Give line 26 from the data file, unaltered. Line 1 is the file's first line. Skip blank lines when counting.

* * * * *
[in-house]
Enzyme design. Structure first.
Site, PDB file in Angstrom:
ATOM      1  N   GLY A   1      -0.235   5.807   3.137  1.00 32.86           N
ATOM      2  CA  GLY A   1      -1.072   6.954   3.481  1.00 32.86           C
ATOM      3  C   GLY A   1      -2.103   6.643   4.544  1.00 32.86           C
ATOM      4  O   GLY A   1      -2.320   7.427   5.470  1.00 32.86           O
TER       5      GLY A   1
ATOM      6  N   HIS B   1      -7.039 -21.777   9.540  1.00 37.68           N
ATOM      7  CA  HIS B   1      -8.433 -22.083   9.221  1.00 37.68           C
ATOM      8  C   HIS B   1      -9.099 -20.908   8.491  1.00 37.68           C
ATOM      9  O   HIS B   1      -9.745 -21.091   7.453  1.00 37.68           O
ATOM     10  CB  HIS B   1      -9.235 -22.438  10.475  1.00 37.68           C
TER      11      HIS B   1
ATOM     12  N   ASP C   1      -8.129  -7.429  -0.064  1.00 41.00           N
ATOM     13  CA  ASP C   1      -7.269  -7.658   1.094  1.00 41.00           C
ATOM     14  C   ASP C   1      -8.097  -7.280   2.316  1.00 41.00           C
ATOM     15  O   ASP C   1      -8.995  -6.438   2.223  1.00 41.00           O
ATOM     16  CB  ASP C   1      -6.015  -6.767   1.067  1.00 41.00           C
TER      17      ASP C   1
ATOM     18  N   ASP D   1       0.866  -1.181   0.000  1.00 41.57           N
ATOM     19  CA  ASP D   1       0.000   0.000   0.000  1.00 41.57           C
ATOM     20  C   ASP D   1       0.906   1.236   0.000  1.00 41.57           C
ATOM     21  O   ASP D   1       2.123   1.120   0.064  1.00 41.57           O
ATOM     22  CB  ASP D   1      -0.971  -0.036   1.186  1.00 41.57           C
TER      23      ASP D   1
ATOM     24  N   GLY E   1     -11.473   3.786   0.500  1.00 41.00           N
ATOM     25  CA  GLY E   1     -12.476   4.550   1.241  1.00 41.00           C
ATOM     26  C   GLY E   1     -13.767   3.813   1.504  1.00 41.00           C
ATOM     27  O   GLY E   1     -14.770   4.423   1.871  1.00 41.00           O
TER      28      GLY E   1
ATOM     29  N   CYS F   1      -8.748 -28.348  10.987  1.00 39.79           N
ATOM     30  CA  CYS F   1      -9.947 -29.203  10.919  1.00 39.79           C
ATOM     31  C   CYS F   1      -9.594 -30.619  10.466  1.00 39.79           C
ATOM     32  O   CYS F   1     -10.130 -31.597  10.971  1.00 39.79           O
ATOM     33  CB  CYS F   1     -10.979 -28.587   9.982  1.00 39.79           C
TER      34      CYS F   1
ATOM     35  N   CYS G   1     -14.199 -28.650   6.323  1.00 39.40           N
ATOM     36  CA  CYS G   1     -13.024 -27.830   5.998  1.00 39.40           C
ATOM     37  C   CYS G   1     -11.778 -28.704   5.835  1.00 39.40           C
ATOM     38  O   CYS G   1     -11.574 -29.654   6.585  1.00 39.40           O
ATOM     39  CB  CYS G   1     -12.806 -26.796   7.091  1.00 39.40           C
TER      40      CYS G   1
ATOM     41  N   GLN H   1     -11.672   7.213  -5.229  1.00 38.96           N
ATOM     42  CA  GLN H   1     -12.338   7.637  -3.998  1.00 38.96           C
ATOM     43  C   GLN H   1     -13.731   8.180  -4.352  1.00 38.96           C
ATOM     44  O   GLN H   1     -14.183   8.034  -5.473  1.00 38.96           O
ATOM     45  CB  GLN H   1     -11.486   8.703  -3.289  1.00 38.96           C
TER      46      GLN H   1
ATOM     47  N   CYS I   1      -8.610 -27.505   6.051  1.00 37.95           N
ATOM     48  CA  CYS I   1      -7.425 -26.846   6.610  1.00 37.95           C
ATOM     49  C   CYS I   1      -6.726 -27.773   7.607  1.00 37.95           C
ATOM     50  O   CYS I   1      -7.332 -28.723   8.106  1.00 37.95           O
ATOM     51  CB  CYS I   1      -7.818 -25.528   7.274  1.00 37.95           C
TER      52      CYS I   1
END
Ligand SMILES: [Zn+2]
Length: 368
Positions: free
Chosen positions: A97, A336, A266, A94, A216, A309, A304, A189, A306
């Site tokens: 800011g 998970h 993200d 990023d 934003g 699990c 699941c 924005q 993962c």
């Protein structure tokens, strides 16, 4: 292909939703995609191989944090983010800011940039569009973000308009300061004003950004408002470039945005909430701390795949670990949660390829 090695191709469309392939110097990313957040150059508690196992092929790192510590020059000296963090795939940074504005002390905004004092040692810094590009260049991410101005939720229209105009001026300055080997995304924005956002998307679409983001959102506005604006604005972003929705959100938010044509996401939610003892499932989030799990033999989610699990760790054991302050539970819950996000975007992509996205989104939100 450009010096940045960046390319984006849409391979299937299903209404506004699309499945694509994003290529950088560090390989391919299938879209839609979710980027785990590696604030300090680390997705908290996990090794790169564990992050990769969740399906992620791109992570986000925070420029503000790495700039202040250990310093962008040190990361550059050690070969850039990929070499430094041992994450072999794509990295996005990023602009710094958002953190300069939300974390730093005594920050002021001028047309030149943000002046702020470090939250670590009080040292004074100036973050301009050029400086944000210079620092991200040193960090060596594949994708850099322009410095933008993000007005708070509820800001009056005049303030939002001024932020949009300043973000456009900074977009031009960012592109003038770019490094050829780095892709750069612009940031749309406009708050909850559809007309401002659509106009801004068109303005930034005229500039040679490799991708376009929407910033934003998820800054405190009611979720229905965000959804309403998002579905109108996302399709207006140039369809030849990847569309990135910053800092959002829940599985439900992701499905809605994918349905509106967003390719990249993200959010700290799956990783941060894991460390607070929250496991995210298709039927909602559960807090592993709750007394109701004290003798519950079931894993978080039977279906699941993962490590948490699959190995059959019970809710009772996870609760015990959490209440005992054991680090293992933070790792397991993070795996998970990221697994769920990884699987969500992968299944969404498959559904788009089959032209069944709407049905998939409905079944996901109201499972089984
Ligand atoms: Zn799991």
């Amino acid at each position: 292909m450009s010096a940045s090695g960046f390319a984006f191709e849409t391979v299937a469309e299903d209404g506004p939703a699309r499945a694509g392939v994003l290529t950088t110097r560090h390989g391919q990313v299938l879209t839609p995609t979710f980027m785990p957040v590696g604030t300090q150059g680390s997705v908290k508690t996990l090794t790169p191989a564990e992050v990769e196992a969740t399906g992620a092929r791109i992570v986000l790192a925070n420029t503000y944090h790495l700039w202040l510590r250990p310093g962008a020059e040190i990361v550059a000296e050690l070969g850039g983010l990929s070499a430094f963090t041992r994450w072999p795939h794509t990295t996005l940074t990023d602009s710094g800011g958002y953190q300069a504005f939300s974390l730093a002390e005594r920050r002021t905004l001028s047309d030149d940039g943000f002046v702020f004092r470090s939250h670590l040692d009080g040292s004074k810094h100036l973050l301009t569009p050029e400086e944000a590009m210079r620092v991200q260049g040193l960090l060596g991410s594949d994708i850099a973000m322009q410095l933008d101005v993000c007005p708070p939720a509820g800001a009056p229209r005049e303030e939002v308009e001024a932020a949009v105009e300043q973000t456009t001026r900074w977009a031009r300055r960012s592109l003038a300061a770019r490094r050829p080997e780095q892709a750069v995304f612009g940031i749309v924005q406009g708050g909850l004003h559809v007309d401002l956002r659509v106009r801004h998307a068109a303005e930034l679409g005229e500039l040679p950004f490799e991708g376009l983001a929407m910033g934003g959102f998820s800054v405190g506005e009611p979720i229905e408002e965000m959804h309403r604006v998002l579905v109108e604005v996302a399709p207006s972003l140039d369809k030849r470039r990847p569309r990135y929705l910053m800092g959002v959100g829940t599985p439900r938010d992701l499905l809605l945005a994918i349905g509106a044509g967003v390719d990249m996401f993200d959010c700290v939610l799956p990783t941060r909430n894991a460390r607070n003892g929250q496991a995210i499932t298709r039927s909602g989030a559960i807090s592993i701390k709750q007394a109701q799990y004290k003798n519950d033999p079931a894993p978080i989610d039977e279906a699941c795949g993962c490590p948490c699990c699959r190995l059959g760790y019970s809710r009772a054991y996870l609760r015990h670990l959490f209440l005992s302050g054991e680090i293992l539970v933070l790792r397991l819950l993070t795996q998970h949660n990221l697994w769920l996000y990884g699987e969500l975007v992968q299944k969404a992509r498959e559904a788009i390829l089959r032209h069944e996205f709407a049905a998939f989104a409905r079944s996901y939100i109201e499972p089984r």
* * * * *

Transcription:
TER      23      ASP D   1